“In this instance, context is everything. You might think that cooperation is always the right solution but that’s by no means the case,” warns the UNIGE researcher.

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Report Reveals Link Between Air Pollution And Increased Risk For Miscarriage

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Air quality has been associated with numerous adverse health outcomes from asthma to pre-term birth. Researchers at University of Utah Health found women living along the Wasatch Front — the most populous region in the state of Utah — had a higher risk (16 percent) of miscarriage following short-term exposure to elevated air pollution. The results are available online on December 5 in the journal Fertility and Sterility.

“Not being from Salt Lake originally, I noticed a pattern in the relation to air quality and pregnancy loss,” said Matthew Fuller, M.D., assistant professor of Surgery at U of U Health and senior author on the paper.

“I knew this was an understudied question so we decided to dig deeper.”

Fuller joined University of Utah research analyst Claire Leiser on a retrospective study consisting of more than 1,300 women (54 percent Caucasian, 38 percent Hispanic, and other/missing 8 percent; average age 28 years). The women in the study sought help at the U of U emergency department following a miscarriage (up to 20-weeks gestation) between 2007 to 2015.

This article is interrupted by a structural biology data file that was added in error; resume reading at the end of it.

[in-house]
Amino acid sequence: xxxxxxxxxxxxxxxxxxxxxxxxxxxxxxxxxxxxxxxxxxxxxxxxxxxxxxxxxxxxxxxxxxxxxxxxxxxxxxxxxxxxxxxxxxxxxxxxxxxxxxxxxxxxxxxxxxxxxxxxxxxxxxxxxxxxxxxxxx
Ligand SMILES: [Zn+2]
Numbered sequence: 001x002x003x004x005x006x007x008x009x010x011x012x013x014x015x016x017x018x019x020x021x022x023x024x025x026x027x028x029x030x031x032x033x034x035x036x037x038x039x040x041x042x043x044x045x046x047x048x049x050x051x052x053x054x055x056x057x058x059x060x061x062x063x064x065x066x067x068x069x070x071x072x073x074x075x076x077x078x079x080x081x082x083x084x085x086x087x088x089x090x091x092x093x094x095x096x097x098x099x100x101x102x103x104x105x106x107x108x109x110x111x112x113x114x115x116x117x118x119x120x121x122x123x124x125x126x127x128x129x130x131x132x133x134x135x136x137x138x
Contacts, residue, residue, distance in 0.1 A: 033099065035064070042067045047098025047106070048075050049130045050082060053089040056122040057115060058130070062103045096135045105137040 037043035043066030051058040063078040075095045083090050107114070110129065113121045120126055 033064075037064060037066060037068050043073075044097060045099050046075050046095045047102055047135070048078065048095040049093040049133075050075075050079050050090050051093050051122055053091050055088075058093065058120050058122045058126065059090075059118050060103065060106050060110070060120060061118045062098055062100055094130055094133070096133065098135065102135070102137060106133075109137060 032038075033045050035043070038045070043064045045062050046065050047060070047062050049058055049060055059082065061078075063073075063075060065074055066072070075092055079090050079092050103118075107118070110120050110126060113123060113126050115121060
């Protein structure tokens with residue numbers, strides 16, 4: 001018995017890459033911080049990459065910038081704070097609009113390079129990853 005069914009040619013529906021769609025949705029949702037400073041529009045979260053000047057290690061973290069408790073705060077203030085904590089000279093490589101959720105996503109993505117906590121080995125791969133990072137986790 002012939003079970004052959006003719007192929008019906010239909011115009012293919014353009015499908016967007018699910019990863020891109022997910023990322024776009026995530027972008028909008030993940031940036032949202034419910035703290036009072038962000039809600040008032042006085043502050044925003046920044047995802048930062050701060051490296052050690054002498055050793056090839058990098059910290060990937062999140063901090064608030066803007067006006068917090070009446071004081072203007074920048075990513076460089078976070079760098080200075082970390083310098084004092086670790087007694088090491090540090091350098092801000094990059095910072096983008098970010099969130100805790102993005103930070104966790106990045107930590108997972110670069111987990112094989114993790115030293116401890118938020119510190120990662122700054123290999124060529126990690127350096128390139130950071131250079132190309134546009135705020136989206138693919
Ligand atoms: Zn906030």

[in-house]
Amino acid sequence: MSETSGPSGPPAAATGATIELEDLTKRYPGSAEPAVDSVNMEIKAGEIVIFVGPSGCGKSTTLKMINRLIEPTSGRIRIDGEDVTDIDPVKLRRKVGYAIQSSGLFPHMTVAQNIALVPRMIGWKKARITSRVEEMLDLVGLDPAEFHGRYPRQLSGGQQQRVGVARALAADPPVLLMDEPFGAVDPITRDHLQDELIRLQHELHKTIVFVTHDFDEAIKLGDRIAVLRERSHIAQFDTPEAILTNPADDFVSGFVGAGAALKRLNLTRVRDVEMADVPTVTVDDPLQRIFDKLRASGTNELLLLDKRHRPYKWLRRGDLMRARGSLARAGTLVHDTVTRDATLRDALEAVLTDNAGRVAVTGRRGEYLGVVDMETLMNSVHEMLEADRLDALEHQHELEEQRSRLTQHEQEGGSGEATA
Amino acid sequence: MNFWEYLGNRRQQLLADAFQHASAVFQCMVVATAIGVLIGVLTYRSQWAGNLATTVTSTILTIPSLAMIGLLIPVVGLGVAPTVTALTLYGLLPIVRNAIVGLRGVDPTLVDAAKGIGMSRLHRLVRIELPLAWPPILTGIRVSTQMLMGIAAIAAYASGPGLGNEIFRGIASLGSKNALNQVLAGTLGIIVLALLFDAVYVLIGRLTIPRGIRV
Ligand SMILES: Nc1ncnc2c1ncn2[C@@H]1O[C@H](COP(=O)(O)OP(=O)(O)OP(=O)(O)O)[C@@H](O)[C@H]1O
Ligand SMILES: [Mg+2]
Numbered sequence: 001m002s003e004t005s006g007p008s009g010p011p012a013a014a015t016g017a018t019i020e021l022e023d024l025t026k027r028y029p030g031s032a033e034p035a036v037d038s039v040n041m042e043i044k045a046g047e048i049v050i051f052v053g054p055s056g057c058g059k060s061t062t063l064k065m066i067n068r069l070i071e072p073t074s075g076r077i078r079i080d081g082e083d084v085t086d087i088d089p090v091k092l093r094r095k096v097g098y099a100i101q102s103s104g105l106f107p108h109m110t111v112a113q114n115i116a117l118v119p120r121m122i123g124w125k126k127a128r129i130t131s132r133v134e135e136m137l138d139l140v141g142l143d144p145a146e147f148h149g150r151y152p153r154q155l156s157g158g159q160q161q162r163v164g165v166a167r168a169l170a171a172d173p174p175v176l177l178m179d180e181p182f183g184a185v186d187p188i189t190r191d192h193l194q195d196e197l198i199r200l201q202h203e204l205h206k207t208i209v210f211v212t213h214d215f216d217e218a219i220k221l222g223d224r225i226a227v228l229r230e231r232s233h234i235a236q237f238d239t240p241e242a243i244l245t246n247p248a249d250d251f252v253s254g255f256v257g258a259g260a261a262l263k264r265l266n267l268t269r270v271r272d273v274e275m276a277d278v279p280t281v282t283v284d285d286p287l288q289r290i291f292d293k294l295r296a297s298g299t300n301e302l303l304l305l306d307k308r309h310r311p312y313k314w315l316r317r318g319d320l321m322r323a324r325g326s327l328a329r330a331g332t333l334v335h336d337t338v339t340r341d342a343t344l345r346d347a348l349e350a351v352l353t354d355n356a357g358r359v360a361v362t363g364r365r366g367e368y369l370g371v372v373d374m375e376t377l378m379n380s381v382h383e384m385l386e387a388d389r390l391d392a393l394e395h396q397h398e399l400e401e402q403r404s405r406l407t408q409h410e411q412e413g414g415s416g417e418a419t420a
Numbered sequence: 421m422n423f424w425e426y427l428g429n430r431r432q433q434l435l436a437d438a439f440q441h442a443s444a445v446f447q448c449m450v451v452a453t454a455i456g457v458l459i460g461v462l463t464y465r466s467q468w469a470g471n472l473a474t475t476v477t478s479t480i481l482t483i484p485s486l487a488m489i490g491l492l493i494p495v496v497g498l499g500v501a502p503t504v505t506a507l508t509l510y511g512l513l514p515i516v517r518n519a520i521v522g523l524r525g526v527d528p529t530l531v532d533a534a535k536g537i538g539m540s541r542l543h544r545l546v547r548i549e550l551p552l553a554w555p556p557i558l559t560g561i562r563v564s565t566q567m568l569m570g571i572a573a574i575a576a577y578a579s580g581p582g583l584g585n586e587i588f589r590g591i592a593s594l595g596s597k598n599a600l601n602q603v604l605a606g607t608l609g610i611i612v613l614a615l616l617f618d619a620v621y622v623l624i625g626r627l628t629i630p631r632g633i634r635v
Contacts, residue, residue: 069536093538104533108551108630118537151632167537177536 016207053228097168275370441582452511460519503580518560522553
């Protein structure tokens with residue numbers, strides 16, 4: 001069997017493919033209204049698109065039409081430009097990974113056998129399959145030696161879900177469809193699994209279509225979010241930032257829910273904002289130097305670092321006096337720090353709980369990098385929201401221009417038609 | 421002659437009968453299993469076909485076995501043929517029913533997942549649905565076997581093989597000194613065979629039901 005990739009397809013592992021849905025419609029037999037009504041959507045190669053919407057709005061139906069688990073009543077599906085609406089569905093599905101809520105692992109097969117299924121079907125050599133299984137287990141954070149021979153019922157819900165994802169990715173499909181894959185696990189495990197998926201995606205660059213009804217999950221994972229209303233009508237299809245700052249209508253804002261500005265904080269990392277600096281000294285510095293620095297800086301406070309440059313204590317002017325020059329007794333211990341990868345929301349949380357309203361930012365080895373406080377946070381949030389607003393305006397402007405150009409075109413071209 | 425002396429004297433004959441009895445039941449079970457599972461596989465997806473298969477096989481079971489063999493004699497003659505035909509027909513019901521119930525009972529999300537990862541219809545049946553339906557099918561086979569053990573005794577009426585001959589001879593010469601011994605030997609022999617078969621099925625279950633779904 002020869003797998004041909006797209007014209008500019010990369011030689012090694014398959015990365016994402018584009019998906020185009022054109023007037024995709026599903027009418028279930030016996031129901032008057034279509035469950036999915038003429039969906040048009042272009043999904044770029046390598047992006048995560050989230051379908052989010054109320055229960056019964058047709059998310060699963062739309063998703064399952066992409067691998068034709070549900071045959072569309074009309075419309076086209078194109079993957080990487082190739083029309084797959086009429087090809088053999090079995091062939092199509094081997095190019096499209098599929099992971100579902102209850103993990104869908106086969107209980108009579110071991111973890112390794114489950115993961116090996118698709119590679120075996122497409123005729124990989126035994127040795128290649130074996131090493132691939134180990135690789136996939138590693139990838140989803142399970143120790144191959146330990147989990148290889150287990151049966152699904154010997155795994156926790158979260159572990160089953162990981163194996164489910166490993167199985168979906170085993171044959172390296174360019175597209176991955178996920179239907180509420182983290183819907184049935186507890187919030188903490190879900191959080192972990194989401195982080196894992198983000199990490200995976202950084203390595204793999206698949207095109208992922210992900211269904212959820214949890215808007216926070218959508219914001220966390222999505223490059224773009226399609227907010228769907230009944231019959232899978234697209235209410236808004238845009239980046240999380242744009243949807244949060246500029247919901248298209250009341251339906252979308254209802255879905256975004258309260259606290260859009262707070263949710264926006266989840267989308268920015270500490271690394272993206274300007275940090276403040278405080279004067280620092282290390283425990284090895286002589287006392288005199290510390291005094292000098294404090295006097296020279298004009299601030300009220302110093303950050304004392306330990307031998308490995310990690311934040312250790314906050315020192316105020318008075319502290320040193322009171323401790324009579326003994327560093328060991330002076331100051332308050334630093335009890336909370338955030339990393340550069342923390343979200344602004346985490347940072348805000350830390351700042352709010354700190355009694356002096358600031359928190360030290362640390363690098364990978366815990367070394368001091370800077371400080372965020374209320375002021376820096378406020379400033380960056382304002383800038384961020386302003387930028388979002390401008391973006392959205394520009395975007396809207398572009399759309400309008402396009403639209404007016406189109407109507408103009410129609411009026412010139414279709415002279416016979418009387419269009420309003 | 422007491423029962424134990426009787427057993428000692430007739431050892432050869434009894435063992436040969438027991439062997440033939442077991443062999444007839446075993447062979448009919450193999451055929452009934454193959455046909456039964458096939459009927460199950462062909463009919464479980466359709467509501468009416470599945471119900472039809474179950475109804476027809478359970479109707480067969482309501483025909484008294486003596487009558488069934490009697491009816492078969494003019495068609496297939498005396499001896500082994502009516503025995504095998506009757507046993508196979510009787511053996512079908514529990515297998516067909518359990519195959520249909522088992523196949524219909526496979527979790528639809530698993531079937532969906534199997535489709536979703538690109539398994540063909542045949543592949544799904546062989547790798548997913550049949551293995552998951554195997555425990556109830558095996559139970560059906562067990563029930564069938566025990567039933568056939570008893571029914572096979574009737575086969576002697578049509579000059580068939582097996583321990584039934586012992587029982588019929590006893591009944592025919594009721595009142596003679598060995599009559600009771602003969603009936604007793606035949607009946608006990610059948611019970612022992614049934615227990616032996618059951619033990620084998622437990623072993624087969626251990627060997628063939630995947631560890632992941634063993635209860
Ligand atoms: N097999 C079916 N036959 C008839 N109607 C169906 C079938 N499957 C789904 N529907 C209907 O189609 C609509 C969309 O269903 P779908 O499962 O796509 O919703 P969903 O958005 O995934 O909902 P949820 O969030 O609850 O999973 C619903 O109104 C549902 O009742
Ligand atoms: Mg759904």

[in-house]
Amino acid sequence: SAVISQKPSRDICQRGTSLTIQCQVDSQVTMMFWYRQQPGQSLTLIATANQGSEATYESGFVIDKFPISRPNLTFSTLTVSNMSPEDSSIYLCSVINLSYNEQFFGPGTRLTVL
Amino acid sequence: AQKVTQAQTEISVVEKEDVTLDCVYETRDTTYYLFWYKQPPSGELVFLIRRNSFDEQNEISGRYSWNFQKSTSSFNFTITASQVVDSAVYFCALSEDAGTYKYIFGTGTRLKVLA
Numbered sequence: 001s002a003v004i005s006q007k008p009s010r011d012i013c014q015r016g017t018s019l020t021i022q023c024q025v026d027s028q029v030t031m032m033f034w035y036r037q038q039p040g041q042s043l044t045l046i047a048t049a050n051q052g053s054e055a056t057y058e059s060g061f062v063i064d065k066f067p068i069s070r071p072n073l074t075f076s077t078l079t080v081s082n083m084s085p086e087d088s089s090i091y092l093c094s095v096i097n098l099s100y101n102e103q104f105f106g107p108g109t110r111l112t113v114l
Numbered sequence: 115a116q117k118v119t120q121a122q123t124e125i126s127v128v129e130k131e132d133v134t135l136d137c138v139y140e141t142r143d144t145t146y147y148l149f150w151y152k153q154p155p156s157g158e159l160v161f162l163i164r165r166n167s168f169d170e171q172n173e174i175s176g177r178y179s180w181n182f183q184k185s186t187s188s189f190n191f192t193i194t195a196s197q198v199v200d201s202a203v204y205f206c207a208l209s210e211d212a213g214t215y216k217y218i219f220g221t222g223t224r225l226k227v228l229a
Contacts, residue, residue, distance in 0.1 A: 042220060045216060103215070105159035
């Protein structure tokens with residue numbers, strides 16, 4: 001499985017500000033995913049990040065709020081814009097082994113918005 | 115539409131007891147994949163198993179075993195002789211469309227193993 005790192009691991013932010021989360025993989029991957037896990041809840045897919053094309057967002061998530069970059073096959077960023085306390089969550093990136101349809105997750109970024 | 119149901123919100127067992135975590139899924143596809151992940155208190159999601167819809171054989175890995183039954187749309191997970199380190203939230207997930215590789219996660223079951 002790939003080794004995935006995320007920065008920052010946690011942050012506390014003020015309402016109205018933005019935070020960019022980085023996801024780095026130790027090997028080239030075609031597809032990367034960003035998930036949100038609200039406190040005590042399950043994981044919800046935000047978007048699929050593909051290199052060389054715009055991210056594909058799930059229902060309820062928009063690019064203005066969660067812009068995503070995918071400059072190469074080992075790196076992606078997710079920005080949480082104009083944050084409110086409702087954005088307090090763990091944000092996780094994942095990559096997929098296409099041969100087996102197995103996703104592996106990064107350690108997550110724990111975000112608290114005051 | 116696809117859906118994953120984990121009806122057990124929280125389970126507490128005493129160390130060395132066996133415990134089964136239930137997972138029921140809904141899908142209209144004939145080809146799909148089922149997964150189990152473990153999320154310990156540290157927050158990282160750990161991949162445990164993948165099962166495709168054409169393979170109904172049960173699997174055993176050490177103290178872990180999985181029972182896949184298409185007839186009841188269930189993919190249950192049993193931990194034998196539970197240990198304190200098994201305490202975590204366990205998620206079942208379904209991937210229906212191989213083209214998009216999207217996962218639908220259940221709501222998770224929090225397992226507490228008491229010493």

The team examined the risk of miscarriage during a three- or seven-day window following a spike in the concentration of three common air pollutants: small particulate matter (PM 2.5), nitrogen dioxide and ozone. The study excluded women who lived outside Utah.

“We are really only seeing the most severe cases during a small window of time,” said Leiser, first author on the paper.

“These results are not the whole picture.”

Leiser notes the results suggest there could be an increased risk for an individual. Their research only captured women who sought help at an emergency department at one hospital in the region. It does not account for women who may have sought outpatient care through their obstetric or primary care providers.

The team found a slight increased risk in miscarriage for women exposed to elevated levels of nitrogen dioxide (16 percent for 10 ppb increase during the seven-day window). Although small particulate matter does track with nitrogen dioxide, these results did not significantly associate with an increased risk of miscarriage.

“While we live in a pretty unique geographic area, the problems we face when it comes to air pollution are not unique,” said Fuller.

“As the planet warms and population booms, air pollution is going to become a bigger problem not only in the developing world but across the United States.”

The Wasatch Front experiences short-periods of poor air quality, primarily during the winter months, when inversions trap pollutants close to the ground (for the 7-day window: PM2.5 min = 0.3 μg/m3; PM2.5 max = 73.0 μg/m3; O3 min = 4 ppb; O3 max= 80 ppb; NO2min = 0.5 ppb; NO2 max = 65 ppb). The researchers tracked air quality by zip code, establishing six designated air basins within the Wasatch Front. They compared air quality in each basin to their patients’ outcomes.